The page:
“I agree with the latter, but not the first. It’s been shown time and time again that when kids are involved and empowered to have a say in key decisions affecting them, outcomes are better and longer lasting.”

      Really? What are you basing that on?

      I actually do not disagree with giving kids input on decisions that affect them, but decisions ultimately must be taken by adults. If children were able to make all their own decisions, we would never have developed the concept of childhood in the first place.

    • Rose says:

      09:13pm | 16/07/12

      AdamC….whatever happened to comprehension?  Readitagainguys never said that children should make the decisions, he said when children are “involved and empowered” that outcomes are better. That’s because often it is only the children who really understand their own situation, the rest of us can not ever really know what happens behind closed doors or how the children feel about it. Often their abusers are also the ones who spend time with them, having good times with them as well as the abuse, particularly in terms of sexual abuse. Do you have any idea how confusing that would be for a child, the parent who is on one hand a loving and caring parent in some situations is also the parent that in other situations causes the most pain, and does things to them that they are pretty damned sure others wouldn’t believe if they told them.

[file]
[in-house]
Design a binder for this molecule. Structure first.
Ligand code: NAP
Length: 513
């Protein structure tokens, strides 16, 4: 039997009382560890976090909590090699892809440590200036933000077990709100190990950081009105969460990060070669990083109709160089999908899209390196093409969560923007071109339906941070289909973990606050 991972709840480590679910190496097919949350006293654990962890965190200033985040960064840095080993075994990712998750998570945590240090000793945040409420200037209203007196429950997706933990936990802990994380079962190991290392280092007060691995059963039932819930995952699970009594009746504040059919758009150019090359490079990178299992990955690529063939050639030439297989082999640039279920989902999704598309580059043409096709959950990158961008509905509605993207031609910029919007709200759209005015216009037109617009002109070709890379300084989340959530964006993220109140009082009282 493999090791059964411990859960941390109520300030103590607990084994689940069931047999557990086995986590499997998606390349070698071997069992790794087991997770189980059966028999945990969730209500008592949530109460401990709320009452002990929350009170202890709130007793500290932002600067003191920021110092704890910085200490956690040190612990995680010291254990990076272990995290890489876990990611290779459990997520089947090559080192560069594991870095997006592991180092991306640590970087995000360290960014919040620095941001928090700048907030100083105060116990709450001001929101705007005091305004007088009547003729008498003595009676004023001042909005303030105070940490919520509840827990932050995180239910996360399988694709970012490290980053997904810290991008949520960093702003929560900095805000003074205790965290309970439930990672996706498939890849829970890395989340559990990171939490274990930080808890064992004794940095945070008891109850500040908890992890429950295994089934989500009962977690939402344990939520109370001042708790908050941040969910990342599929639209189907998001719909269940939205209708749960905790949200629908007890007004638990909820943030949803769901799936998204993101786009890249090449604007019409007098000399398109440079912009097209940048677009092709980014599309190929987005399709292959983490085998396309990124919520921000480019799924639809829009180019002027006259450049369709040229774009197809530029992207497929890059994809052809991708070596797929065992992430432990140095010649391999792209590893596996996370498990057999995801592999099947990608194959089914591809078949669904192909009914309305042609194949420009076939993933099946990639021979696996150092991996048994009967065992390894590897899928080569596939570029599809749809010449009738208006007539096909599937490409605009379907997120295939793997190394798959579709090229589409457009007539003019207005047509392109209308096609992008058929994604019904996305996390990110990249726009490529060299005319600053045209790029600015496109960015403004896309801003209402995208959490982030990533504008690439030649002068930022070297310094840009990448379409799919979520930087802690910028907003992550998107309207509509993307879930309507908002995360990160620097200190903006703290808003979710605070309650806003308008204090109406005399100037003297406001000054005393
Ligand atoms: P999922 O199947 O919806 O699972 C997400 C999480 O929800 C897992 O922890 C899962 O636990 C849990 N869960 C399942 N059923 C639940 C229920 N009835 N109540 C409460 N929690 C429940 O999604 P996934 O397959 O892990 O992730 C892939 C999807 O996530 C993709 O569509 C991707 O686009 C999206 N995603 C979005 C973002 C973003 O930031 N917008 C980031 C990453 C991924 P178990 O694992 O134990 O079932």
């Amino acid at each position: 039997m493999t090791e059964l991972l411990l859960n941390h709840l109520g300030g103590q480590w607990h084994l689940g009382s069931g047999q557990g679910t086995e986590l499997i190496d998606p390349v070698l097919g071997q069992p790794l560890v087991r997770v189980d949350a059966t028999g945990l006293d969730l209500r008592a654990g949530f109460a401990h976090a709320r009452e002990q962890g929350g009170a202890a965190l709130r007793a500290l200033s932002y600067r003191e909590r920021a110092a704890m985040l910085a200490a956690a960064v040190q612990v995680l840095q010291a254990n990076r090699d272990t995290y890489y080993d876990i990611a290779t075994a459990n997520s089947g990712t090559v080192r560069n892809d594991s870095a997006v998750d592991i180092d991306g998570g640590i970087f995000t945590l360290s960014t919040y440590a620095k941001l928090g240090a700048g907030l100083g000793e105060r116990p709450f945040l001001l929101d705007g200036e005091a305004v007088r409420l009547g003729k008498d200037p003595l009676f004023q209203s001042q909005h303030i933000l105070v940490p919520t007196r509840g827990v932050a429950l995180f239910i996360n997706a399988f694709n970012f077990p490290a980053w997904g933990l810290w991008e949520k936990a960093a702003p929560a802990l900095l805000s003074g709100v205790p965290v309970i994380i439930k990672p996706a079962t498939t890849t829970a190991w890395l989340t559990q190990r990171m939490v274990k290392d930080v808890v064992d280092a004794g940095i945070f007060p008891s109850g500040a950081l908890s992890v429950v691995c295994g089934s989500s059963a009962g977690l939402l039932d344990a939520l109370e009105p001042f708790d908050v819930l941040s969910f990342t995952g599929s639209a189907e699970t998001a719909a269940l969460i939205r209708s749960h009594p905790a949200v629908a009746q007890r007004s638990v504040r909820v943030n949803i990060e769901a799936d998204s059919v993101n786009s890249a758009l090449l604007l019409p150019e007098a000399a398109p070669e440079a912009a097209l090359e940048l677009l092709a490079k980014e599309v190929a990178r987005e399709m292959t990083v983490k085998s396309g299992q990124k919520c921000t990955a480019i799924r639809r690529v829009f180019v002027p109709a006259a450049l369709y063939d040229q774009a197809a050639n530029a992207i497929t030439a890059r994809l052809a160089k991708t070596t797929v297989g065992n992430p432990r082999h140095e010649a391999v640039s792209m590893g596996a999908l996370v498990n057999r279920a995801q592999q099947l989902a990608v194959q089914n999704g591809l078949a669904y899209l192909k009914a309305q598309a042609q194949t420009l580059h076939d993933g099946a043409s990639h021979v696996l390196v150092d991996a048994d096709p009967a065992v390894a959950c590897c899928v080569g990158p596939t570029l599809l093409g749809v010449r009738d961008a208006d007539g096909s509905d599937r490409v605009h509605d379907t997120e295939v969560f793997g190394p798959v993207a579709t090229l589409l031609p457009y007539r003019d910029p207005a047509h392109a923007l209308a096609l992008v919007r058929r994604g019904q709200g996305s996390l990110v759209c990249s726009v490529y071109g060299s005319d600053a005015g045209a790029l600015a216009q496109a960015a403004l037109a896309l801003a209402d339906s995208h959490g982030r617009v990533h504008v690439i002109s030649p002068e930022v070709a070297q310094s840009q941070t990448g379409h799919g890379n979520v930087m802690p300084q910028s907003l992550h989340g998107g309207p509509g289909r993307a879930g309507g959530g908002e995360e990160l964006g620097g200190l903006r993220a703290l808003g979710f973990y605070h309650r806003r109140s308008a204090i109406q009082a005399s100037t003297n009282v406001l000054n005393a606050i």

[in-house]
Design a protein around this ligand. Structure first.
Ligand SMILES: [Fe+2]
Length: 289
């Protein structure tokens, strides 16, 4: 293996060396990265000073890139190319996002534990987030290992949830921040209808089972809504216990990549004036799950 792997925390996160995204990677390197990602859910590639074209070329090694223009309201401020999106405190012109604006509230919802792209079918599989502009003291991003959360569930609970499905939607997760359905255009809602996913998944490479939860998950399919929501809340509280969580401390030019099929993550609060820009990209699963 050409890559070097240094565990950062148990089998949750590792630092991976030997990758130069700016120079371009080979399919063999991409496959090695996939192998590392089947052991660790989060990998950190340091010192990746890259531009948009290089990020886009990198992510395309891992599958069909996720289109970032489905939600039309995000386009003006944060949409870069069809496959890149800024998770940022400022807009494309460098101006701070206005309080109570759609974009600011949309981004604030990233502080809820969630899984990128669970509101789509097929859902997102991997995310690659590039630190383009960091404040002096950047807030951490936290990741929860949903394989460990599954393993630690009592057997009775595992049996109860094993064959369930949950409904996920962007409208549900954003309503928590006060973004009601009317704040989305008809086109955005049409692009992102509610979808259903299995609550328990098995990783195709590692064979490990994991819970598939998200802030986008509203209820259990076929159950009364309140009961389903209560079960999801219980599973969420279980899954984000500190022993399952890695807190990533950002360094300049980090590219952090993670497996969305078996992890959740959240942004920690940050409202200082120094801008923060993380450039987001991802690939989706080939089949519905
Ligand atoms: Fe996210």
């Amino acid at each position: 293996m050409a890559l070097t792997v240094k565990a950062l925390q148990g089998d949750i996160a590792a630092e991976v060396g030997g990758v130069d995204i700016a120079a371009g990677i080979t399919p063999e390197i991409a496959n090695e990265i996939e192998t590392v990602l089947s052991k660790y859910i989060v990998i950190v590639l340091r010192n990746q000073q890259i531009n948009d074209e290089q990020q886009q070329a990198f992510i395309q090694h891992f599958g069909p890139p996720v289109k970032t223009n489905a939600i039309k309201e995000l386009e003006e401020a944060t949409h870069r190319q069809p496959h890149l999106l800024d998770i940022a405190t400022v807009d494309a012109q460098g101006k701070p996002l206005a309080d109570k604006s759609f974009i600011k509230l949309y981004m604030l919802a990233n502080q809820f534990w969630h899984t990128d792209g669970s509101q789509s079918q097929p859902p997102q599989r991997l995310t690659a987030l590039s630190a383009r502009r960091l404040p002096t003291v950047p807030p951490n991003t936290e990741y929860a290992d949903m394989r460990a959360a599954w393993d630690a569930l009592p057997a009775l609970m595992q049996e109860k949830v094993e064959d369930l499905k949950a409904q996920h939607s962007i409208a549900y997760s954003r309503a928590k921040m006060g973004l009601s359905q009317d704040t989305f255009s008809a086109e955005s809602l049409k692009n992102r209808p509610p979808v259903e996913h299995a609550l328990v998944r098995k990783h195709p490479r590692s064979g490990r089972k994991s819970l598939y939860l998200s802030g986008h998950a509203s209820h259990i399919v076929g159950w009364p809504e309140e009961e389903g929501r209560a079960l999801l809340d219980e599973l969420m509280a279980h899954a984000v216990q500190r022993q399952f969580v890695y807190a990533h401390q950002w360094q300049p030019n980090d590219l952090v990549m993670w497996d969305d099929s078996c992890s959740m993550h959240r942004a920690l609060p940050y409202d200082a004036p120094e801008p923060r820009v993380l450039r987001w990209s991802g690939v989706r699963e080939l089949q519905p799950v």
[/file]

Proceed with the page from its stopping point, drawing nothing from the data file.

Talk to the kids, get a sense of what is going on for them, what they want resolved and how they want it resolved. Get all the information you can, give the kids a voice that they know will be listened to, and then the adults can make decisions for them.

    • Readitagainguys says:

      10:39am | 16/07/12

      Of course. I didn’t suggest kids should have ultimate decision making power, but rather that kids should be involved in decisions.  This doesn’t mean just following whatever kids say; it’s about adults consulting with and listening to kids, so the decisions that are ultimately made by adults are well informed and considered. That’s why I said kids should ‘have a say in decisions’ - not that kids should be allowed to make all decisions.
      If you want more information on the benefits of including children in decision-making, just google it. There’s more literature out there on it than I could possibly list here. Participation Works (UK) is a good starting point.

    • adolph stalin says:

      02:26pm | 16/07/12

      so if you commit a crime the colour of your skin decides if it is societies fault or yours??what a joke,a thief is a thief,a pedophile is a pedophile,a murderer is a murderer simple as that anyone who plays or promotes the race card is just a vile creature who ensures we will never be all classed as equals

    • Kage says:

      07:11pm | 16/07/12

      Wow, the comments ‘round here get more incoherent and less relevant to the articles everyday.  Well done, everyone.

    • Kage says:

      07:11pm | 16/07/12

      Wow, the comments ‘round here get more incoherent and less relevant to the articles everyday.  Well done, everyone.

    • Sajjad says:

      03:30pm | 07/08/12

      Hi Rich,Are you able to elaborate at all?We don’t tyllacpiy reply to individual abuse requests but that’s not to say we don’t try and take preventative measures. Our outbound mail also passes through Cisco Ironport anti-spam appliances (although the filtering mechanisms in place aren’t as aggressive as we could make them).Best regards,Bob PullenPlusnet Digital Care

    • Laura says:

      03:47pm | 07/08/12

      Meth Abuse Dot Org welcomes you to place cometnms on the subject of meth abuse and other similar topics. We look forward to your cometnms on meth abuse and any similar topic.